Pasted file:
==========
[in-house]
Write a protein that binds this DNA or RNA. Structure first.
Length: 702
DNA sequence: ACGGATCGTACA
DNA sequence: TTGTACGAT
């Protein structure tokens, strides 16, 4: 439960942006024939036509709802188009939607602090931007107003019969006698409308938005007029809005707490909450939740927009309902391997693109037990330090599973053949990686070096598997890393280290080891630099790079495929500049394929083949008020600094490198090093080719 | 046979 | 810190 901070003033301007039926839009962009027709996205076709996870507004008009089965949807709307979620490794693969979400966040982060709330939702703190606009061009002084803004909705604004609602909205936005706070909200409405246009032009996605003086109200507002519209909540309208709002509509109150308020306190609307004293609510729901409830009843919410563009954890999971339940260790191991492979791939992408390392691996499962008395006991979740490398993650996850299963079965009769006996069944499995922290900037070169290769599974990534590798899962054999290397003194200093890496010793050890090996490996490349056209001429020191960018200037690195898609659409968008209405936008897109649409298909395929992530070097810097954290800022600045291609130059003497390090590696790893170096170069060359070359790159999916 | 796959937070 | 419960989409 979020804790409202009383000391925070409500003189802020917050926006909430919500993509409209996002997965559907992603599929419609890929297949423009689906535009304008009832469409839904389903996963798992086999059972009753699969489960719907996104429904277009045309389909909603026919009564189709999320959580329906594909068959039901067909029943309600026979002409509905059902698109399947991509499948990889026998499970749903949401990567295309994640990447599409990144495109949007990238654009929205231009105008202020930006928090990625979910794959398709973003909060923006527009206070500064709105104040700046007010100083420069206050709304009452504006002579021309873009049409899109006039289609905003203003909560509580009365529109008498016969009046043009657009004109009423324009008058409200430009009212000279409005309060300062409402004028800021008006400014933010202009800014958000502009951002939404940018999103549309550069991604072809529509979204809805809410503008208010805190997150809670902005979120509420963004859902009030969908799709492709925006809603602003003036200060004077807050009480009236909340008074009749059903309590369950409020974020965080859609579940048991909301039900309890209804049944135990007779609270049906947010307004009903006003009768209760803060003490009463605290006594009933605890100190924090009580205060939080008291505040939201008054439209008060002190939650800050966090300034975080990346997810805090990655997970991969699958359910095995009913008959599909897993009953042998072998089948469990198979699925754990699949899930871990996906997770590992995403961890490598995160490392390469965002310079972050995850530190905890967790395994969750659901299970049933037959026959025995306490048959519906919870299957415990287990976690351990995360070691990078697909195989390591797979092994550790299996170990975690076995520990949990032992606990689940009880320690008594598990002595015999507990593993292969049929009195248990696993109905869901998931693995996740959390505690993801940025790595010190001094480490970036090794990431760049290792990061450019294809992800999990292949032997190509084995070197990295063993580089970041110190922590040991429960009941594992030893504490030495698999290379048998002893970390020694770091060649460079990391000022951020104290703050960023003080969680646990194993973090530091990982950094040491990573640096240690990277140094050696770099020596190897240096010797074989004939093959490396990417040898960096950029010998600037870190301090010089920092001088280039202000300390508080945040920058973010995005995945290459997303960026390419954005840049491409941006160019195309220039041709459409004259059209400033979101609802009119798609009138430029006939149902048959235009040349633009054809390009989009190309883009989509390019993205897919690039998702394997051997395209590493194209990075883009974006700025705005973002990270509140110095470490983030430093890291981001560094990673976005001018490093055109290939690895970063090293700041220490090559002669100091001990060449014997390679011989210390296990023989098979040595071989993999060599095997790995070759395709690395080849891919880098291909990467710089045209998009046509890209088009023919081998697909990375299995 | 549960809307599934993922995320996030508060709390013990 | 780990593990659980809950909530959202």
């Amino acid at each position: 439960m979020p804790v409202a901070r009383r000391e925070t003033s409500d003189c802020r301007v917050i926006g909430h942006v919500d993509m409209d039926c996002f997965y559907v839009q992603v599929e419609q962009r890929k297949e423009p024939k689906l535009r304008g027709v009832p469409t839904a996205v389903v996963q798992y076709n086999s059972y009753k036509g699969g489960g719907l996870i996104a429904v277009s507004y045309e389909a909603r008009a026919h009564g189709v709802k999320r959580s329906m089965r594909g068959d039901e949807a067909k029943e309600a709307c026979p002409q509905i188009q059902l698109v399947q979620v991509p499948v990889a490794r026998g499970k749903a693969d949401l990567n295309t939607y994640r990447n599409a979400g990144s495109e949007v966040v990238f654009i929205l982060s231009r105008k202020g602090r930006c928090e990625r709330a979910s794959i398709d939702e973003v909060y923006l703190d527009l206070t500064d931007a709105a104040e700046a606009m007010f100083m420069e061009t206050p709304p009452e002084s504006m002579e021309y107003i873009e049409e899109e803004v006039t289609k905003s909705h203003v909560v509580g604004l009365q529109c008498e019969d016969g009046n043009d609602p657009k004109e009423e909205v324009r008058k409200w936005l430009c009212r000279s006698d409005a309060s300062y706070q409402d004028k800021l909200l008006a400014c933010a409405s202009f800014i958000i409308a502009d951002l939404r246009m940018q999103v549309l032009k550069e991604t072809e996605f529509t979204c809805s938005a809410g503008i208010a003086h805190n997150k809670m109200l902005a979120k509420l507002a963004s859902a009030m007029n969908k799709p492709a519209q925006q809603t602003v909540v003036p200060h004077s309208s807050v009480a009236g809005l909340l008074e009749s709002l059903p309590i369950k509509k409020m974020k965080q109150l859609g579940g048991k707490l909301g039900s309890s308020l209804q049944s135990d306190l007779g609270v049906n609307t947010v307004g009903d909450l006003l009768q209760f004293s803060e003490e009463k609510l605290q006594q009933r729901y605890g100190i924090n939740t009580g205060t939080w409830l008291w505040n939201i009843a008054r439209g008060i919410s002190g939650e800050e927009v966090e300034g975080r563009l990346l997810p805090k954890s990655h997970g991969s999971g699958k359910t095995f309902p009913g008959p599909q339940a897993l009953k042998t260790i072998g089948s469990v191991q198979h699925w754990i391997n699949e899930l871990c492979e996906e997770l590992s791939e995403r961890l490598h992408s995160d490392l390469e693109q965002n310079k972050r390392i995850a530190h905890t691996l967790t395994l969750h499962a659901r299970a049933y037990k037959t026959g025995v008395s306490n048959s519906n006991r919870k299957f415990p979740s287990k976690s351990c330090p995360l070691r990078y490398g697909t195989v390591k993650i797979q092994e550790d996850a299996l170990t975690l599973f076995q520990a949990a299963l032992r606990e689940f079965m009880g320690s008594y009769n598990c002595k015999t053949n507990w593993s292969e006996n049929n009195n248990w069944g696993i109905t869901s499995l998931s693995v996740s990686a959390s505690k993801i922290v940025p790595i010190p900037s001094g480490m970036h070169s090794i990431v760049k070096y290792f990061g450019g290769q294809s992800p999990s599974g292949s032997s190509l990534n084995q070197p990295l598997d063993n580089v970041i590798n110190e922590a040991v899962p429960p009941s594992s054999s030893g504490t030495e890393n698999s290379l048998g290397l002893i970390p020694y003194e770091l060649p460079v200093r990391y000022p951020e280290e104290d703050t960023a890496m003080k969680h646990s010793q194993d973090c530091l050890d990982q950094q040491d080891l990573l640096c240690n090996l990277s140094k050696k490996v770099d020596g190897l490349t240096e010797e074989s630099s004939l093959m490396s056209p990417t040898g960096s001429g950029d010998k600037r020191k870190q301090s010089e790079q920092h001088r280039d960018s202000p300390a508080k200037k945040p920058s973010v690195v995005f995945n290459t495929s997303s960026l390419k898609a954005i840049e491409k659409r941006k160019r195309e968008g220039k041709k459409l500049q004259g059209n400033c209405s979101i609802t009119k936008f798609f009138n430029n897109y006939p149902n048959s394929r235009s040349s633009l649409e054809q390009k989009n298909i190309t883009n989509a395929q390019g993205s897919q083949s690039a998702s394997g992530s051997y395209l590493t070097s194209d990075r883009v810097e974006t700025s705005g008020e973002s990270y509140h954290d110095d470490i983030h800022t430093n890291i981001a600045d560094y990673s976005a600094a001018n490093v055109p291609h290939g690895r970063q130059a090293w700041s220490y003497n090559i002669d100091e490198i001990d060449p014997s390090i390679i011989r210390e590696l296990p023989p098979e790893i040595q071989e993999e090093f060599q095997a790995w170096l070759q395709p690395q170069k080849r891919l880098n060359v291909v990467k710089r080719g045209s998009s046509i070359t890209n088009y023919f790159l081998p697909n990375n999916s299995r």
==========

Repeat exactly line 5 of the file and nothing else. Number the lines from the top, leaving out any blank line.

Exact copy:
DNA sequence: TTGTACGAT